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Today the Internet is accessible to everyone and it is becoming the preferred means of conducting business. It's not unlike public health. One of the reasons health officials urge almost everyone to get a flu shot is because people who are infected are more likely to infect others. And the same is true for cyber security. Infected devices have a way of infecting other devices and compromised systems can make everyone vulnerable. So your cyber hygiene isn't just about protecting you, it's about protecting all of us.

Cybersecurity isn’t about one threat or one firewall issue on one computer. It's about zooming out and getting a bigger perspective on what's going on in an IT environment. Keeping companies safe from attackers is no longer just a technical issue of having the right defensive technologies in place. To me, this is practicing IT security, which is still needed but doesn’t address what happens after the attackers infiltrate your organization. In cybersecurity, the defenders acknowledge that highly motivated and creative adversaries are launching sophisticated attacks. There’s also the realization that when software is used as a weapon, building a stronger or taller wall may not necessarily keep out the bad guys. To them, more defensive measures provide them with additional opportunities to find weak spots and gain access to a network.

This mentality goes against the fundamental principle in IT security of erecting multiple defensive layers around what you’re trying to protect. By separating what you’re trying to protect from the outside world, you’re keeping it safe—at least in theory. While this works in physical security, where IT security has its roots, it doesn’t really work when you’re facing enemies who need to be successful just once to carry out their mission. Defenders, unfortunately, don’t have this luxury. They need to catch every attack, every time. Don’t take this statement as a knock against these antivirus software, firewalls and other defensive technologies; they’re still needed in conjunction with cybersecurity.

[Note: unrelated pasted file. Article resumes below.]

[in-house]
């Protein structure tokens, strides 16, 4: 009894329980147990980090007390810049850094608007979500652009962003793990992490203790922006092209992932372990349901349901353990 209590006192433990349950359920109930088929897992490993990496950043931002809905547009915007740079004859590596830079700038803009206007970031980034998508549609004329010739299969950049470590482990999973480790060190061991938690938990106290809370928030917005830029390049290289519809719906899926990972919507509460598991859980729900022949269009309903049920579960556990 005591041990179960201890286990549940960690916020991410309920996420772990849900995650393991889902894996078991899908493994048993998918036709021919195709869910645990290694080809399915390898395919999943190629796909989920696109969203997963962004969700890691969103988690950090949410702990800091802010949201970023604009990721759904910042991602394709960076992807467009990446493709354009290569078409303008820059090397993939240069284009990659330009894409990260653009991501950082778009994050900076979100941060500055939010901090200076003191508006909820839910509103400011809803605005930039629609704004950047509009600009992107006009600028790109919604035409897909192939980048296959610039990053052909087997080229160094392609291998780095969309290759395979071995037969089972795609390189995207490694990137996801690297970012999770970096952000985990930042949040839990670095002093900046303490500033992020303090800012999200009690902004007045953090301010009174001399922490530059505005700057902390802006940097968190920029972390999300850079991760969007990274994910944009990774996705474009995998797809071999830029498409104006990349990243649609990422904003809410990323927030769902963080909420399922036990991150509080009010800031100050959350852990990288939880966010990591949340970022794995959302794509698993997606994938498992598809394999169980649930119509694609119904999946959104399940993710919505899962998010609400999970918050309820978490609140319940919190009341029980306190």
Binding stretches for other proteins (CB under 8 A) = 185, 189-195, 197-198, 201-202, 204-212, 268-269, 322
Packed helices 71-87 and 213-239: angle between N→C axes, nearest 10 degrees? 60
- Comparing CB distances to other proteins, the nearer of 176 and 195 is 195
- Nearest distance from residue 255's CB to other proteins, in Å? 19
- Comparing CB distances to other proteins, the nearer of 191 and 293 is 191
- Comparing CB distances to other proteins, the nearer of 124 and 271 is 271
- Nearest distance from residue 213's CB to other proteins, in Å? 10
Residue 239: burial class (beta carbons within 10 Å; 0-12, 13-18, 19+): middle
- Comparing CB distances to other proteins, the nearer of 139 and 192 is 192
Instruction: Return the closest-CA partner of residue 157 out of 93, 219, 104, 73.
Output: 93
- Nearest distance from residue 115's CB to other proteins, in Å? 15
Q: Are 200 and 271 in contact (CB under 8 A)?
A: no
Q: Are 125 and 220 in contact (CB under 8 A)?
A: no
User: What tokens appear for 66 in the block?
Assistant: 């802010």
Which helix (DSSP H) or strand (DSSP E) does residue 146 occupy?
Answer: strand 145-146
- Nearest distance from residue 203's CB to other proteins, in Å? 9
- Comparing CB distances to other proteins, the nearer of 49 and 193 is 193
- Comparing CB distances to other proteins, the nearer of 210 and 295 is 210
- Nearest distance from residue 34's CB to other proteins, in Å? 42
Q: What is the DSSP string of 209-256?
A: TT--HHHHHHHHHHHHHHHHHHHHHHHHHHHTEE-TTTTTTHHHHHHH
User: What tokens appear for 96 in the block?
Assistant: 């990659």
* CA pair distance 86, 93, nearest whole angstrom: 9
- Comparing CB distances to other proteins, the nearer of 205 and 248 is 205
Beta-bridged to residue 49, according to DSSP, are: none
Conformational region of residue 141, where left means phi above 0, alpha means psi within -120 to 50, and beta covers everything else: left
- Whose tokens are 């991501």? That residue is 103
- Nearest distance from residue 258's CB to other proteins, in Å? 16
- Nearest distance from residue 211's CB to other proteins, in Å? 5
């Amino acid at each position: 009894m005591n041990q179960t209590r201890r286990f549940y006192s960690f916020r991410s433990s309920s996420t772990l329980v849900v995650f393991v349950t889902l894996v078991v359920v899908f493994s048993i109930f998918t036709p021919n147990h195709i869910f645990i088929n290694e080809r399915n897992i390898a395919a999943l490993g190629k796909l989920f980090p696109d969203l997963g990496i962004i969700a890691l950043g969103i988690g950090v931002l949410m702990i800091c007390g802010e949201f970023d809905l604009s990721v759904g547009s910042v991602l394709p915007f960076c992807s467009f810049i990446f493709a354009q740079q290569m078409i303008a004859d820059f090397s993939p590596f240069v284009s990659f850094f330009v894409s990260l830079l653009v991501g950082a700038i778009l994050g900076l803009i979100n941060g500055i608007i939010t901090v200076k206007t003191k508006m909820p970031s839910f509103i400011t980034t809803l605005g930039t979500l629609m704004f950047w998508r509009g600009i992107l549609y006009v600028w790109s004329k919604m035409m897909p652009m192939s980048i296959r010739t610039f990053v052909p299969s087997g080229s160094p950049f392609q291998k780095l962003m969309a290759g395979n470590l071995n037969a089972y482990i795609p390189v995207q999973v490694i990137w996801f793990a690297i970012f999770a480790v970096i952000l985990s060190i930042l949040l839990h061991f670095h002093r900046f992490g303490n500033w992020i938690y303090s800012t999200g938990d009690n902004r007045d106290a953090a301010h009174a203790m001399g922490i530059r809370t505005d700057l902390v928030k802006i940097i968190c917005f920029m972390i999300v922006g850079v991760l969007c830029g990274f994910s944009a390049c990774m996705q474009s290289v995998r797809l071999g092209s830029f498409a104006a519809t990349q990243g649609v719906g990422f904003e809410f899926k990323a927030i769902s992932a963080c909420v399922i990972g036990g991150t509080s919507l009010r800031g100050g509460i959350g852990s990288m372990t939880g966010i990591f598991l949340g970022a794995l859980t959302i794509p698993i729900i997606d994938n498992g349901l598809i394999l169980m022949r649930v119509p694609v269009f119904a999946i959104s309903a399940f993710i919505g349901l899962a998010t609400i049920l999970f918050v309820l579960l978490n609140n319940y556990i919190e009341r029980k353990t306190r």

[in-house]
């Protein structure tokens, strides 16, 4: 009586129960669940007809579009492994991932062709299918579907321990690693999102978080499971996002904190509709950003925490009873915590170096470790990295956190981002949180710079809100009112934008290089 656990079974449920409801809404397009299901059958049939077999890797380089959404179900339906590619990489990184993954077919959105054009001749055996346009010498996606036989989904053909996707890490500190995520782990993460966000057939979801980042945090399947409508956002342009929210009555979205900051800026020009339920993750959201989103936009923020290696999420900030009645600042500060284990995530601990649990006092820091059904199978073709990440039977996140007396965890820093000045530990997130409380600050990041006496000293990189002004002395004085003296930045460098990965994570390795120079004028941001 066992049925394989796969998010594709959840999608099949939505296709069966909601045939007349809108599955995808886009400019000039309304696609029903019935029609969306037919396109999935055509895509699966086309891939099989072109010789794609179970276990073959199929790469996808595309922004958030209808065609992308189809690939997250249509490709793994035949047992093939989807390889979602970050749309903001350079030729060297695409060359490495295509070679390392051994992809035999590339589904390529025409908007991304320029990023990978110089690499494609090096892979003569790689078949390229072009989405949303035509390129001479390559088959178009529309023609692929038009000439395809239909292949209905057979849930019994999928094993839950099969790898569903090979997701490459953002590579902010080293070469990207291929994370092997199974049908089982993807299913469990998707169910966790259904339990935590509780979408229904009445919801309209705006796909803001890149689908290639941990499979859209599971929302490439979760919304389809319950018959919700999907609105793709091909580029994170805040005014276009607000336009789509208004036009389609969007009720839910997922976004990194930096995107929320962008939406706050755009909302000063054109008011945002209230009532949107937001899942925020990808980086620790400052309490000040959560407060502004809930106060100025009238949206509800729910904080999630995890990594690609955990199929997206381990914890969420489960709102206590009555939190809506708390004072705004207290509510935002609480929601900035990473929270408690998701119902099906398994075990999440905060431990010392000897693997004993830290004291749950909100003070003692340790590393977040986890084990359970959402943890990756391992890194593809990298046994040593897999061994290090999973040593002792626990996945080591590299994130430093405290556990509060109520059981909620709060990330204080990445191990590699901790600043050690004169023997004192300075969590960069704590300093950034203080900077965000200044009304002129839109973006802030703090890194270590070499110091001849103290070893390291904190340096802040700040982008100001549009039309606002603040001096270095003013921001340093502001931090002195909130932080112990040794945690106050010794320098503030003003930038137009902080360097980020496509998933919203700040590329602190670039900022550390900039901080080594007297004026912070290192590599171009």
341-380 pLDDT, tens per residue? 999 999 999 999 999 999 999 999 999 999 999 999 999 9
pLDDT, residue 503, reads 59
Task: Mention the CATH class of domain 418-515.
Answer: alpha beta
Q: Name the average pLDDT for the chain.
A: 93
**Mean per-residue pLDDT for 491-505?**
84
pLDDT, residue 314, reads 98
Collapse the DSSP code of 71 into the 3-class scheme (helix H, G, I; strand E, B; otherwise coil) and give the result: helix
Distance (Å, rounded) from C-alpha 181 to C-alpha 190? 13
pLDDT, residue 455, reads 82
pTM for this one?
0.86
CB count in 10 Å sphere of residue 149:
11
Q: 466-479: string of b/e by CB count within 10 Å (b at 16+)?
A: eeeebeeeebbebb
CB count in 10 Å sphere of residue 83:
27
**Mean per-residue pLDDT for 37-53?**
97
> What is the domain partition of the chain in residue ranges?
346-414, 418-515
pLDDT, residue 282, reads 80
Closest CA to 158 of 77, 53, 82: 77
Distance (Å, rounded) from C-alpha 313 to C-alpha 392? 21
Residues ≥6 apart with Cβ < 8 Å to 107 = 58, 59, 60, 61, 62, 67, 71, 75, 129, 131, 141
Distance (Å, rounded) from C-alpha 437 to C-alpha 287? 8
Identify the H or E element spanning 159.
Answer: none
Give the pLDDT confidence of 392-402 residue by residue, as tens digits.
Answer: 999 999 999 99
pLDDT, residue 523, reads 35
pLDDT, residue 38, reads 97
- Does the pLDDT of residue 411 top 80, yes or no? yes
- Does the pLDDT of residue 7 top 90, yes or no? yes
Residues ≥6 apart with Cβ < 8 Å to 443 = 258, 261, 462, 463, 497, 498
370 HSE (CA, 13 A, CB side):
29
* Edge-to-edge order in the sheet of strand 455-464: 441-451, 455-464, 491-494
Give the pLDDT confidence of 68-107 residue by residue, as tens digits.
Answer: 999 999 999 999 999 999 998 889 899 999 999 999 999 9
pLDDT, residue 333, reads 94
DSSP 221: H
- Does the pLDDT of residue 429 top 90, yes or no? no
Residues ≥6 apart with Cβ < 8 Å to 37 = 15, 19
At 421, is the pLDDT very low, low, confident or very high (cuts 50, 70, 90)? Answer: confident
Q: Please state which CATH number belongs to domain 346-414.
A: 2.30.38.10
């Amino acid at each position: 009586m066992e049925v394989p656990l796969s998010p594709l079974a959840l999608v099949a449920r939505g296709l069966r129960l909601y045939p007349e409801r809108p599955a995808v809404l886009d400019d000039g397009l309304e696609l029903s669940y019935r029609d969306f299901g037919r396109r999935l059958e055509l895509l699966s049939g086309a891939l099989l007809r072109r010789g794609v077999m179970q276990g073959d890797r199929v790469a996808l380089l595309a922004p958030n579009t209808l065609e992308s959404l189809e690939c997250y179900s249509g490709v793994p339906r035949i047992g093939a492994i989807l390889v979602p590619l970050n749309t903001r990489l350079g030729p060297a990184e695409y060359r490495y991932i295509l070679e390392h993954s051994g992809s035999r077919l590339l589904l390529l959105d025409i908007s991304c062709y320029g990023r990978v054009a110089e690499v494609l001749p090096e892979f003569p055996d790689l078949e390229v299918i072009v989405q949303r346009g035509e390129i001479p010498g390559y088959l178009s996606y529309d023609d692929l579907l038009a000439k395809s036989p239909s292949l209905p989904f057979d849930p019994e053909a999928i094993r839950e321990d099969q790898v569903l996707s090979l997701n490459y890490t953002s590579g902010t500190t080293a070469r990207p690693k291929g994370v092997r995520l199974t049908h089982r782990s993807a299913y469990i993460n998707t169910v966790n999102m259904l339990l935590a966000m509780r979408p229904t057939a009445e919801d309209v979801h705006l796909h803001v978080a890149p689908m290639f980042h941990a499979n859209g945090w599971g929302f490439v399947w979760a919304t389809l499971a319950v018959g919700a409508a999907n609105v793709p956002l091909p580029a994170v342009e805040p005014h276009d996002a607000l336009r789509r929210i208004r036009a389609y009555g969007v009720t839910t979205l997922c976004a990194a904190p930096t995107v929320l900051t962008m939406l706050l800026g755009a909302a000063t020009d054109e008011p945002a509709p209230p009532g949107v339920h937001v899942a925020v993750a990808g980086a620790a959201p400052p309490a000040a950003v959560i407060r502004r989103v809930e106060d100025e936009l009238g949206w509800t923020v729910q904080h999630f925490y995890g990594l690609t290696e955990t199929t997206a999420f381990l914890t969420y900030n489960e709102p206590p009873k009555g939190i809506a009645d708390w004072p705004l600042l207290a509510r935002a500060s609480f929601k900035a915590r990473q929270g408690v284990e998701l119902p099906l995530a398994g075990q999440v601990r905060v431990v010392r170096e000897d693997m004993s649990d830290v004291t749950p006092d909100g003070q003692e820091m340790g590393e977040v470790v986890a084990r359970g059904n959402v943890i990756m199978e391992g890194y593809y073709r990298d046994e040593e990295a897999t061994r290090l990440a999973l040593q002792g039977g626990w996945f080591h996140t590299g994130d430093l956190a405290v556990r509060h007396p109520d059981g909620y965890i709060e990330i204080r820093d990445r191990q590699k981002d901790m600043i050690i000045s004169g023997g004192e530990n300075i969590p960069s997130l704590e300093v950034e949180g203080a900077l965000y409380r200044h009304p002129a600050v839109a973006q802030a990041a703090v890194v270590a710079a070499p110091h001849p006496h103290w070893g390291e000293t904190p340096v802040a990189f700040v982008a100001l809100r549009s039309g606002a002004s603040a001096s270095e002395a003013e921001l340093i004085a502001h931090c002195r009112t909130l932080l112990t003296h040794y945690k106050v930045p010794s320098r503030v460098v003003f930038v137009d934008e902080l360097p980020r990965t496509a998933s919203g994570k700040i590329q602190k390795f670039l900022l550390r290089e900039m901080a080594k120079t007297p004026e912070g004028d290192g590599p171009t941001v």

Bots or zombie networks are just one example. Bad guys look for vulnerable machines to infect and enlist them into a zombie army that infects other machines, thus greatly amplifying their ability to reach millions of users. Even bad social networking and email security can be contagious. If your accounts are insecure, it makes it easier for others to go online as you and spread infections or social engineering attacks designed to steal data or money.

Cyber security is a shared responsibility. Internet companies and brick and mortar merchants can do their part by shoring up the security of their networks and payment systems. Government can educate the pubic and enforce anti-cyber crime laws. Businesses can make sure that they have strong security processes in place, including making sure their employees use strong passwords and everyone can play an important role by securing our devices and being sure that our passwords are strong and unique. But IT security and cybersecurity also differ on what action to take after an attacker breaks through your defenses. In IT security, when a problem is detected on one computer, it’s considered an isolated incident and the impact is limited to that machine.

Most important, the incident wouldn’t be seen as a random, one-off event. When you apply a cybersecurity lens to incidents, the belief is that every incident is part of a larger, complex attack that has a much more ambitious goal besides infecting machines with malware. If you close a ticket without asking how an incident or incidents are linked (remember, attacks have many components and adversaries commonly carry out lateral movement) or where else attackers could have gained a foothold, you’re not doing your job.

I admit this approach is a radical departure from how most organizations currently handle security. Further complicating this perspective is the fact that what I’m proposing can’t be learned in classrooms or professional development courses. The notion of experience being the best teacher applies to figuring out cybersecurity. Step one is thinking like a detective and asking questions about the incident like why was this attack vector used, are there any strange activities (however minor) occurring elsewhere in my IT environment, and why would attackers target our organization.

Deny List to prevent attacks idea is simple technique but useful. We want to zoom out on cybersecurity and network status to see as a threat. Our effort is to make real-time automation sharing experiences.

Thanks to IDG Network, also Ewan Spence for new insight on cybersecurity and Infosec.